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OUR COVER STORY
March 2012 -
Pico Iyer is a traveler, writer, seeker, a ‘global soul.’ In an interview, he talks about being an outsider, authors Graham Greene and R. K. Narayan, the Dalai Lama, living in Japan, his Indian roots, travel writing, the Internet, and the joys of a quiet life.
Several times a year, Iyer retreats to a Benedictine hermitage in California for brief stints of simple living, silence and serious reading. And for the rest of the time, when not taking off to distant corners of the globe, he lives in rural Japan with his wife in a two-room apartment or in Santa Monica, where his mother resides. Iyer is not a fan of social media and he doesn’t own a cellphone. But Iyer has certainly joined the pantheon of distinguished contemporary travel writers.
February 2012 -
The pressures and pleasures of growing up tend to be similar across cultures—but for Indian-American youngsters, often there’s the added stress of being different from their mainstream peers. Why, despite such challenges, do so many from the second and third generations do so well? Khabar spoke to five achievers, each of whom gave clues on what helped them. One set of parents also gave their outline of eight tips that worked for them in their parenting.
January 2012 -
Exporting Entertainment…and importing it: the rising exchange of influences between India and the world in cinema, music, and pop culture.
Is India a kind of invisible, powerful magic vapor, something in the air, which seeps into everything? Look around and you will find that around the world, desi vibes can be found in almost every aspect of global pop culture, as East and West merge in the world of entertainment.
Why this fascination with Indian pop culture? And why now?
The future of Hollywood and Bollywood should be very entertaining to watch – with many deals and collaborations on the way. So keep watching folks – the show has only just begun!
December 2011 -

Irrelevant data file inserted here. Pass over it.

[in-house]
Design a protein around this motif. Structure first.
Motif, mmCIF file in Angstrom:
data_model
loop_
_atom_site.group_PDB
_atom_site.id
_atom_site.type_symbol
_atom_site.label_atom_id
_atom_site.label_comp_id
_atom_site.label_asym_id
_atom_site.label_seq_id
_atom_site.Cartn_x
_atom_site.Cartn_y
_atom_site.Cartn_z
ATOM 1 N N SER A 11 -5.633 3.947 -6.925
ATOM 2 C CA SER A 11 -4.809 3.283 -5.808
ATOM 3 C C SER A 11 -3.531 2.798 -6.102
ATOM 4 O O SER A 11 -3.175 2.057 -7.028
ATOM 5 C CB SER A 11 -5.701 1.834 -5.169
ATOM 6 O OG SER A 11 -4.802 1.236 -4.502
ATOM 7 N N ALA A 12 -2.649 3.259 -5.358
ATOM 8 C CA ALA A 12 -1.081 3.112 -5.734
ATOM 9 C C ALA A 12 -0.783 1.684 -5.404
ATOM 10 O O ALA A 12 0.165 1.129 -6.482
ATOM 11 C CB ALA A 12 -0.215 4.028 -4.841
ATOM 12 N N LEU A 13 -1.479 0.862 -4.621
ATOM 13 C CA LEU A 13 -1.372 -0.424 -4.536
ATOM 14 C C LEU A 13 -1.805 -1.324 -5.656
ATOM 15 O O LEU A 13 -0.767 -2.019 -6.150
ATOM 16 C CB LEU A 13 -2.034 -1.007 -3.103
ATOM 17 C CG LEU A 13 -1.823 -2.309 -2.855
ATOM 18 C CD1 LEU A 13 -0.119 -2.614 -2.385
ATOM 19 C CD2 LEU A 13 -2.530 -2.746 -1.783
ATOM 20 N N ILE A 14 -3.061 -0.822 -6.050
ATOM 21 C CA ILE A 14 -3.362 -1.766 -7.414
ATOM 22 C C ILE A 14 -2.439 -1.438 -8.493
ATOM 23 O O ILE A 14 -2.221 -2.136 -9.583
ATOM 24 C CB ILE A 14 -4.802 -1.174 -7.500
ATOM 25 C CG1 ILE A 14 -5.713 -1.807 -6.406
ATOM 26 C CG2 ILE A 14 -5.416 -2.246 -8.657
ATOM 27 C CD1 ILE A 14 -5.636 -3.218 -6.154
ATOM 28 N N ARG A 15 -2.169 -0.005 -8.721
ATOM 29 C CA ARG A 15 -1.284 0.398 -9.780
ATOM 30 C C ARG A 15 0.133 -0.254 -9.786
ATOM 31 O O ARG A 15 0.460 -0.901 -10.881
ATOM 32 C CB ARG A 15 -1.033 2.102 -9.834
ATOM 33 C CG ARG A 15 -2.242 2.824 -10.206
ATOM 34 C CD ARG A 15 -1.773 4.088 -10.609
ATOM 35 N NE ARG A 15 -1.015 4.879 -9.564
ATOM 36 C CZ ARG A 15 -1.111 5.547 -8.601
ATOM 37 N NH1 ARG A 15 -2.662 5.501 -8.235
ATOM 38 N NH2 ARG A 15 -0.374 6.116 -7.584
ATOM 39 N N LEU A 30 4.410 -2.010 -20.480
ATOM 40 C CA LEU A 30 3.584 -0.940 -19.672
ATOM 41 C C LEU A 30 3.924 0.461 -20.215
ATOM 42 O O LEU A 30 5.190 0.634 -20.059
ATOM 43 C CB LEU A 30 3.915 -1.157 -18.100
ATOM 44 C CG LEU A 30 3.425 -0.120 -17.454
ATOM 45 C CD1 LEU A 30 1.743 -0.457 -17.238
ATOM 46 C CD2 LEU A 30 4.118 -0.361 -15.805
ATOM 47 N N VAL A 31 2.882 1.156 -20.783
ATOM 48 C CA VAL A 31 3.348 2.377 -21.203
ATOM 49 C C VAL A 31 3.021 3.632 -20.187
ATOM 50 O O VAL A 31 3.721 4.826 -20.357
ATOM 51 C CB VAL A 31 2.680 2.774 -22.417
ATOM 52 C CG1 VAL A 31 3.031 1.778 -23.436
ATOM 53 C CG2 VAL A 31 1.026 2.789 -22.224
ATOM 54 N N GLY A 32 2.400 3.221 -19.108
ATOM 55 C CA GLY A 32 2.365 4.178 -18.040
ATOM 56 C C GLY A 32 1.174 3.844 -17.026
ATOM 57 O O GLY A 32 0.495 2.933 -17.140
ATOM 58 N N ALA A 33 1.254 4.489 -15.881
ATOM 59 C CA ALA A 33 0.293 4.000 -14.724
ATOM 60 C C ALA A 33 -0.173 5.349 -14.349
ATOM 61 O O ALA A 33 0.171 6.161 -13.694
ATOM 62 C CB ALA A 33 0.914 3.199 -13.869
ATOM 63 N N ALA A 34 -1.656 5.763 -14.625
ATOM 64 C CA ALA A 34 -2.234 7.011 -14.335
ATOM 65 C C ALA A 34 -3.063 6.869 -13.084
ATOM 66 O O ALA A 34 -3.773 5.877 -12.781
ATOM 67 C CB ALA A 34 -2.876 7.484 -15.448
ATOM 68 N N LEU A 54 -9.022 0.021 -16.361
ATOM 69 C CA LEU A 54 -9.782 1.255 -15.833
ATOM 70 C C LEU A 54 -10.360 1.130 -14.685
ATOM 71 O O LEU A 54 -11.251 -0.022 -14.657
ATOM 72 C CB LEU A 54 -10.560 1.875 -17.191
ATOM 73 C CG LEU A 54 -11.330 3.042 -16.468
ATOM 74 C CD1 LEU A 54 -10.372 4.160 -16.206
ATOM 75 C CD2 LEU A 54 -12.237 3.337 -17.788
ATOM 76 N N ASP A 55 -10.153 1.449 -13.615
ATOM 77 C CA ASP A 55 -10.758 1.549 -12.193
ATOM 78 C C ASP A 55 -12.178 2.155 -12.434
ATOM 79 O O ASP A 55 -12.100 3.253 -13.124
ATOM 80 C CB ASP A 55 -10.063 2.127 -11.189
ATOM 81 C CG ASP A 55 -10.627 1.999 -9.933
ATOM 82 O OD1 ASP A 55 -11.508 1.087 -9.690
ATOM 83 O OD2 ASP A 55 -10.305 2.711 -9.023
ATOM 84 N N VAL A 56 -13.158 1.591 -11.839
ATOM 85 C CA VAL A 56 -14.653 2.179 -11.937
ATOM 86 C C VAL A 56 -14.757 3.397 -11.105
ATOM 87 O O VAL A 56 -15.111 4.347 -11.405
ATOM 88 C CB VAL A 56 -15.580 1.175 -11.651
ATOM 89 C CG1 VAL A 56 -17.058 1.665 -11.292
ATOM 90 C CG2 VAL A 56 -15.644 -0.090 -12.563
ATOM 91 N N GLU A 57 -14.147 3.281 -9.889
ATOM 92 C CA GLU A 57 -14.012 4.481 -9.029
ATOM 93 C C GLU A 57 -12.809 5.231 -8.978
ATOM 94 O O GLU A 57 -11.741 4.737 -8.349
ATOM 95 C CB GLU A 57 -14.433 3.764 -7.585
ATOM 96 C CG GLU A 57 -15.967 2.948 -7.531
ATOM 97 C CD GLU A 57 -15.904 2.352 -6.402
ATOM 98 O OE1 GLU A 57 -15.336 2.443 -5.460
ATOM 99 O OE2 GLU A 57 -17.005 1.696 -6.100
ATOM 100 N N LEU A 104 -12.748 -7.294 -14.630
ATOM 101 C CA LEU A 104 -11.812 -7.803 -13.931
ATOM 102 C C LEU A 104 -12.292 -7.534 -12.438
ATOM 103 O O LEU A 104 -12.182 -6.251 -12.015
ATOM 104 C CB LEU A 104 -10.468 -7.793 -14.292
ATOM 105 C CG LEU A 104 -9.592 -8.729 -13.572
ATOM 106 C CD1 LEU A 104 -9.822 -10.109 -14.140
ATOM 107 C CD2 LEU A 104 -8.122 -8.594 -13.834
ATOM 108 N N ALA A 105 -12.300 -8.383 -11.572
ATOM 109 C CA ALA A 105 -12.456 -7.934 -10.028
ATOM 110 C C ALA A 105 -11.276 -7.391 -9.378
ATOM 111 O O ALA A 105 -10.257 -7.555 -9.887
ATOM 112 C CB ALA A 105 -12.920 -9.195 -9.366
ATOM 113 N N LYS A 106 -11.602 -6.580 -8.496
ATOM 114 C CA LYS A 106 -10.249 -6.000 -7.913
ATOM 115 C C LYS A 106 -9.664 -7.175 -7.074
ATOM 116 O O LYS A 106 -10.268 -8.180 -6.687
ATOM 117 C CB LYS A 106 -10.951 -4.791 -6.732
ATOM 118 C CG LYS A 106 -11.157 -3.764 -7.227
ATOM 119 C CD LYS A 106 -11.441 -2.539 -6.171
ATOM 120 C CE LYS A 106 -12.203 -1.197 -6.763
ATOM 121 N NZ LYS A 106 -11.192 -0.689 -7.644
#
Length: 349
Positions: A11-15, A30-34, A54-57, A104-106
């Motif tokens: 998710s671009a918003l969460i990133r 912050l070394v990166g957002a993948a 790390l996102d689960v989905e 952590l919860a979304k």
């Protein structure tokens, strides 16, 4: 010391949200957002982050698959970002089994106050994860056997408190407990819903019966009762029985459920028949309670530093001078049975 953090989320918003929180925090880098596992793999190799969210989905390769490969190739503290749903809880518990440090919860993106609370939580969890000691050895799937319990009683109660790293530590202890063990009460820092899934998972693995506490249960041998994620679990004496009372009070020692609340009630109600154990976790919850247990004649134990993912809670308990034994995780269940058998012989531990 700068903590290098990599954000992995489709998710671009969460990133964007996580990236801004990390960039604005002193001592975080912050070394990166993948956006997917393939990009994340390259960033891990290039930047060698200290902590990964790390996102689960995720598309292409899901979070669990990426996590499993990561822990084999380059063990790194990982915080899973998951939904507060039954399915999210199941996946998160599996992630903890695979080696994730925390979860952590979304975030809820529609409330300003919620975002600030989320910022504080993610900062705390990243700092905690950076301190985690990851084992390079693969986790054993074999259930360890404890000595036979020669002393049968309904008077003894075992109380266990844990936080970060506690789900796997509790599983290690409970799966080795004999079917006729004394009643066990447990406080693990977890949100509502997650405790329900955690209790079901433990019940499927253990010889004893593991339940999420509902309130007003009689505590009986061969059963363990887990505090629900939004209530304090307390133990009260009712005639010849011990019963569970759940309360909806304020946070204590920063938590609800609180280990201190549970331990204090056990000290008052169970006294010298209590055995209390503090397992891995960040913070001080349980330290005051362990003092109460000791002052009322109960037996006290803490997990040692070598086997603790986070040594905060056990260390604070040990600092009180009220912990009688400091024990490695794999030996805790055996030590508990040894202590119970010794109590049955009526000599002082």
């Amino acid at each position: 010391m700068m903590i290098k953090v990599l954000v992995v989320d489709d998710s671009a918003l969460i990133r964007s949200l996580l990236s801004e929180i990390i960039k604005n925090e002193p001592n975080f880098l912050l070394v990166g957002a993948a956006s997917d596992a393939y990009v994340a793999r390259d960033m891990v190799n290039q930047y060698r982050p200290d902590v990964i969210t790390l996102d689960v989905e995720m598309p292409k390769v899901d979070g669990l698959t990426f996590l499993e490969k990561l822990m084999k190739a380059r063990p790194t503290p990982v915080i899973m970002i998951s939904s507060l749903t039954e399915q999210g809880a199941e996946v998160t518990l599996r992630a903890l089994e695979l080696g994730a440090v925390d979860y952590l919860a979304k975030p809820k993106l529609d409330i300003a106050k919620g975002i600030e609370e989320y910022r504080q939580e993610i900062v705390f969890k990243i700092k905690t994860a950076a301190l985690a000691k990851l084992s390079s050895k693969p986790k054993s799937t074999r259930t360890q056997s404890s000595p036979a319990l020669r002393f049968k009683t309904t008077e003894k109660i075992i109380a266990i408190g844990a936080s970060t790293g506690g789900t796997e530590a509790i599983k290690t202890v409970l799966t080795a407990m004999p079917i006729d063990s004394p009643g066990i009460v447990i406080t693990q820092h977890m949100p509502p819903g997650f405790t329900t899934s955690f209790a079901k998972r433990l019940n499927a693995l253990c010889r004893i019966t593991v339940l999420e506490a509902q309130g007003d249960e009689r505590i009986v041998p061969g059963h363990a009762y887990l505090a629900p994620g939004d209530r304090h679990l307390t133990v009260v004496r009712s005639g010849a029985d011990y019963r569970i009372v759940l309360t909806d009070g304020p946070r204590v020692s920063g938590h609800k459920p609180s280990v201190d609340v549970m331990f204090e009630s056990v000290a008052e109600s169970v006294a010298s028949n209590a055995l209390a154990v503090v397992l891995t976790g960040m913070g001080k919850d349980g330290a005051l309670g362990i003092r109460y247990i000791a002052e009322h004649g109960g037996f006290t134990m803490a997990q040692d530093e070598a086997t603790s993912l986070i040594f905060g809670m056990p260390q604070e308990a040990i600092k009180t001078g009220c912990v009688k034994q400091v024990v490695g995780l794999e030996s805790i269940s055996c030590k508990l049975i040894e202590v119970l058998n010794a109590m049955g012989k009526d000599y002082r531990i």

Is India rising or stalling? Racing or crawling? If you want to know where the hype ends and where the story begins, skip the media sound bites and turn to authors like Patrick French and Siddhartha Deb. The devil is in the details—and when it comes to understanding India, the real news is the nuance their books bring to an exploration of a country that’s, in many ways, changing fast. Both French and
Deb spoke to Khabar in separate interviews.
Also included are a dozen selected quotes from Patrick French’s book, India: A Portrait (Knopf, 2011).
November 2011 -
When many of us moved to the “material” West from the “spiritual” East, we were not focusing on spiritual aspirations. Today many in the following generations are giving up lucrative careers in search of inner fulfillment through spiritual pursuits.
Khabar interviews a number of young individuals and couples who have turned to a spiritual life, as well as a family whose son is on his way to becoming a swami in the BAPS Swaminarayan organization--where he will live a Spartan life, giving up even the smallest of luxuries, breaking all ties with past lives and completely dedicating himself to the faith and the organization.
October 2011 -
Magical images and perceptive insights come about when a group
of Americans are transported to Himachal Pradesh and Orissa in a
photography expedition where they, along with local school children,
chronicle the region and its culture and people. Previous workshops by the IPP involved local children only (“Worth a Thousand Words,” Khabar, September 2010). This year, Bhaskar included Americans for crosscultural education.
September 2011 -
Many of the inmates in one of Alabama’s toughest prisons are in for heinous crimes such as murder. Thanks to a revolutionary rehabilitation program, highlighted by a rigorous 10-day meditation retreat based on the teachings of the Buddha, these distressed souls are finding a way out — while never leaving the walls that imprison them.
August 2011 -
Ramachandran’s work on agnosia, phantom limbs, synesthesia, mirror neurons, autism, language evolution, aphasia, etc. makes him a star in his field, and he has a large following among lay enthusiasts. Having co-authored the best-seller PHANTOMS IN THE BRAIN and authored A BRIEF TOUR OF HUMAN CONSCIOUSNESS, he came out earlier this year with THE TELL-TALE BRAIN: A NEUROSCIENTIST’S QUEST FOR WHAT MAKES US HUMAN.
An episode of the TV show, House, illustrated how Ramachandran’s famed mirror visual feedback (MVF) method helps real-life amputees in pain.
July 2011 -
One of the ironies of life is that there are millions of children without homes or families and there are millions of adults who wish to be parents but cannot. Adoption is the process that can unite them, and yet for many Indian families it is still a loaded word—not to mention an often challenging process.
For years there was a stigma attached to adoption, especially in Indian society. Adopting a child was a reluctant option for couples who could not conceive a child of their own. It was often a discreet undertaking accompanied by dubious stories of why an adoption was necessary.
June 2011 -
Much has been made, mostly in the Indian press and the diaspora, about what The Economist referred to as "the contest of the century." But is it really a contest between equals? Khabar takes a look at the relative strengths and weaknesses of both countries, and why India can benefit by learning from its formidable neighbor.